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Maison de la Famille Rurale (MFR, Rural Family House) in Burkina Faso

by Koita Weta Estelle, Director of the National MFR Union of Burkina Faso, Ouagadougou 

Introduction

Rural Family Houses (MFRs) are alternate institutions devoted to training of the youth and adults for careers in agriculture and other occupations in Francophone countries. MFRs centres also service Farmer Organizations (OPs) and organize literacy training with the support of the National Fund for Literacy and Non Formal Education (FONAENF).

A typical MFR is a non-profit association of parents (whose children are likely to participate in the training programs) or individuals/ groups committed to the development of the rural populations and the environment. Members of MFRs are trained to take control of the ownership, design and implement actions that affect their own development. The activities of MFRs in Burkina Faso are derived from the Rural Development Strategy (RDS) and the Strategy of Accelerated Growth and Sustainable Development (SCADD). The objectives of MFRs are to:

  • Reduce the rural–urban migration by keeping young people in their homelands;
  • Promote the welfare of women;
  • Improve on the living conditions in rural areas;
  • Improve agricultural productivity;
  • Encourage and support professional and self-employment development in the youth.

MFRs provide sandwich-type programs that occur on and off training centers. The two main types of training are:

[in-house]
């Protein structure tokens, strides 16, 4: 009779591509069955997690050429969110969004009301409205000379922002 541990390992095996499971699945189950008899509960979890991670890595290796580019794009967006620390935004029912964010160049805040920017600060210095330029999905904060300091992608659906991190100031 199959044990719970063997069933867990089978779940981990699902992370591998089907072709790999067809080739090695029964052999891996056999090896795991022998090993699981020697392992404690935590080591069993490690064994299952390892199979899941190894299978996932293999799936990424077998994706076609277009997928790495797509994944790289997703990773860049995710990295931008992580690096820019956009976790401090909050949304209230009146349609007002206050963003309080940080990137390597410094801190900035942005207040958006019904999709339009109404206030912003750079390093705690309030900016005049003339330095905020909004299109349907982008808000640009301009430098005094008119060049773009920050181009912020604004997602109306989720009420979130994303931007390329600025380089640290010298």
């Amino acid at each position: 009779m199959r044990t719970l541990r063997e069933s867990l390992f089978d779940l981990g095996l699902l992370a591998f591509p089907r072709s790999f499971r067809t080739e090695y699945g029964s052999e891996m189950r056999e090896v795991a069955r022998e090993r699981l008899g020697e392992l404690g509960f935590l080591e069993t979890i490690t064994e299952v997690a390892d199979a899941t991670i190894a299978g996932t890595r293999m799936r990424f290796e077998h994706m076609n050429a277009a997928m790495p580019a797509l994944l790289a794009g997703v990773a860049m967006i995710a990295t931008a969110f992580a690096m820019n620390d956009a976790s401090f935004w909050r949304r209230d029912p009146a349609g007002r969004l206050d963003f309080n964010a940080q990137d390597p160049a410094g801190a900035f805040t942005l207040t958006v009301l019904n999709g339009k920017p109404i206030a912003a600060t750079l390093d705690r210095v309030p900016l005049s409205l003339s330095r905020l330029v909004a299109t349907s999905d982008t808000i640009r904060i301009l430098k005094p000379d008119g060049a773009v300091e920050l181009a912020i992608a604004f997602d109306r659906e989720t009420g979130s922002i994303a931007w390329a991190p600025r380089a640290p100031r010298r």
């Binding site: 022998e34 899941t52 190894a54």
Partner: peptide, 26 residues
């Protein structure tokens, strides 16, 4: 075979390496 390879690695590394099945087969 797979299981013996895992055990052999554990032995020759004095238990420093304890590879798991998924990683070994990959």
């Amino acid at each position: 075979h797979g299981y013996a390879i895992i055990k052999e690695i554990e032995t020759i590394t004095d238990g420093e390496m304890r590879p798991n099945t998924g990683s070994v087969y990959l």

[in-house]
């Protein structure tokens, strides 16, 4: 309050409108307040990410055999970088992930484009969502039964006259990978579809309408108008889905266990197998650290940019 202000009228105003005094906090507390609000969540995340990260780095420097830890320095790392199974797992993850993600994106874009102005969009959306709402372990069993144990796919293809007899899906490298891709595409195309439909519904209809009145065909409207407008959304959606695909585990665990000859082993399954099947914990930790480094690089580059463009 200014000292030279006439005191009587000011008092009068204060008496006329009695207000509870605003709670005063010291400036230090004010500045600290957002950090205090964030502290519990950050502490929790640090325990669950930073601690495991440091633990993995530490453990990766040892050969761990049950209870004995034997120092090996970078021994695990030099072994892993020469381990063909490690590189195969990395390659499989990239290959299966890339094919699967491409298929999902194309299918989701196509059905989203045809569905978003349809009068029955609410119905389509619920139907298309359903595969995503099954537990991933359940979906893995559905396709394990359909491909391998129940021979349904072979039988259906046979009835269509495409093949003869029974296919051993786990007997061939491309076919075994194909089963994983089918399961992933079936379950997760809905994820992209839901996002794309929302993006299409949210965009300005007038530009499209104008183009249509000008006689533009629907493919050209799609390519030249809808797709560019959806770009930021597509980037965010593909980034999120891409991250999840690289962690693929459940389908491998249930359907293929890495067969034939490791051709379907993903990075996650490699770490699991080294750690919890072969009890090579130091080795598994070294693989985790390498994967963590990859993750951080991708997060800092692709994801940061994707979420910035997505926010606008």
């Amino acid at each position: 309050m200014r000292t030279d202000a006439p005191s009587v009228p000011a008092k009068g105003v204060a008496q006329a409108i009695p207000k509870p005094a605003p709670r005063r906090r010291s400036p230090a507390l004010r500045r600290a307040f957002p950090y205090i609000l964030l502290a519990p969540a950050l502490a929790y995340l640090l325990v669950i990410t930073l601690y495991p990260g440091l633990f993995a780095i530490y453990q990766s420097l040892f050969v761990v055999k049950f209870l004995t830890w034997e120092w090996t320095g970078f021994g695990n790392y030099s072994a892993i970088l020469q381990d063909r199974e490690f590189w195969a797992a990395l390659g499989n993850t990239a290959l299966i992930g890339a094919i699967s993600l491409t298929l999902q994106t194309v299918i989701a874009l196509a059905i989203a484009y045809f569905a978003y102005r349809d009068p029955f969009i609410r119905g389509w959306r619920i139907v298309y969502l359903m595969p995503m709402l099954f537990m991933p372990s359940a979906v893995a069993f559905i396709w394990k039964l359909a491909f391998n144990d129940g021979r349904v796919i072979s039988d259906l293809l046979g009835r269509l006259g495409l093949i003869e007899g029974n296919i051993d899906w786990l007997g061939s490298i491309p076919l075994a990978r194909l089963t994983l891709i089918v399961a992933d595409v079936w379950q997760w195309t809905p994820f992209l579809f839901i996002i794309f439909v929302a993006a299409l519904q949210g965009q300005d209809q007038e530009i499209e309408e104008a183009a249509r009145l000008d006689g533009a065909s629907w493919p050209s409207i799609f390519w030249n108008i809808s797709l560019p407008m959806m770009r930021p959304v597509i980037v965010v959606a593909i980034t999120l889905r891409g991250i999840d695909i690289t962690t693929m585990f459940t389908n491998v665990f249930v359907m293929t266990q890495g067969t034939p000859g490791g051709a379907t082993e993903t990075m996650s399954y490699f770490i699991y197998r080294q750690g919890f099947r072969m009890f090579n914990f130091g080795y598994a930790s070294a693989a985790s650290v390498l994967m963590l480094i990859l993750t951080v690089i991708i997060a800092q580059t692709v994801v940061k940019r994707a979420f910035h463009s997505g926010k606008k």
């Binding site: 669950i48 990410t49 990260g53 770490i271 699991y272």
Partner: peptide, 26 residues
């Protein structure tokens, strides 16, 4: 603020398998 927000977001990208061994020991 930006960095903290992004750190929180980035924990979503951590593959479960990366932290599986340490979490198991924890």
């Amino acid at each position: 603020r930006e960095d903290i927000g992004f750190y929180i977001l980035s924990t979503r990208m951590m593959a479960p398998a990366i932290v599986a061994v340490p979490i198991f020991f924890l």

• Long term two (2) year agricultural training targeted at the youth between 15 to 25 years old. Participants of the long term training program spend 4 days in every month at the MFR training center and the remaining training period with the family and at workplace. The long term training qualifies participants for professional and self-employment.
  • Short term thematic training on enterprises such as poultry, fattening and gardening. Short term thematic training last 3 to 6 months. Participants spend 3 days every month at the MFR training center and the remaining period in their farms.  The Short term strengthen the capacities of working adults.

Background and Context

The Union of Naam groups of Burkina Faso is a National Federation with headquarters in Ouahigouyain Northern region of Burkina Faso.  The members of the union on an exchange visit to France organized by the AFDI (French Farmers and International Development) discovered the MFRs in France in 1997. The idea was shared with the teaching staff and Board members who sponsored a second visit of members to the MFRs of Benin in June 1997 to confirm the relevance of creating MFR- type of training centers in Burkina Faso. 

The reports of the visits submitted to members of Naam groups and village communities was used to request for support from the Loire country AFDI for the establishment of two MFRs in Burkina Faso. Federations of French MFRs from Loire Atlantique and Maine-et-Loire sent two experts and conducted feasibility missions to Burkina Faso. This led to establishment of a steering committee in 1998 to coordinate the activities towards the development of MFRs in Burkina Faso.  A delegation of the committee traveled to Burkina Faso in 2000 to meet with the interlocutors and worked with Naam groups in Yako and Séguénéga to create the Yako and Séguénéga MFRs in 2001.

The National Union of Rural Family Houses (UNMFRBF) was founded in 2008 and headquartered in Ouagadougou as an umbrella organization for MFRs. Through the UNMFRBF, three new MFRs have emerged. These are MRFs of Tambaga (Eastern Region), Zabré and Diabo (Central East Region). Several projects have been developed under the MFRs initiative are being implemented. The training centers set up are operational. Teams have completed training and obtain  teaching qualifications.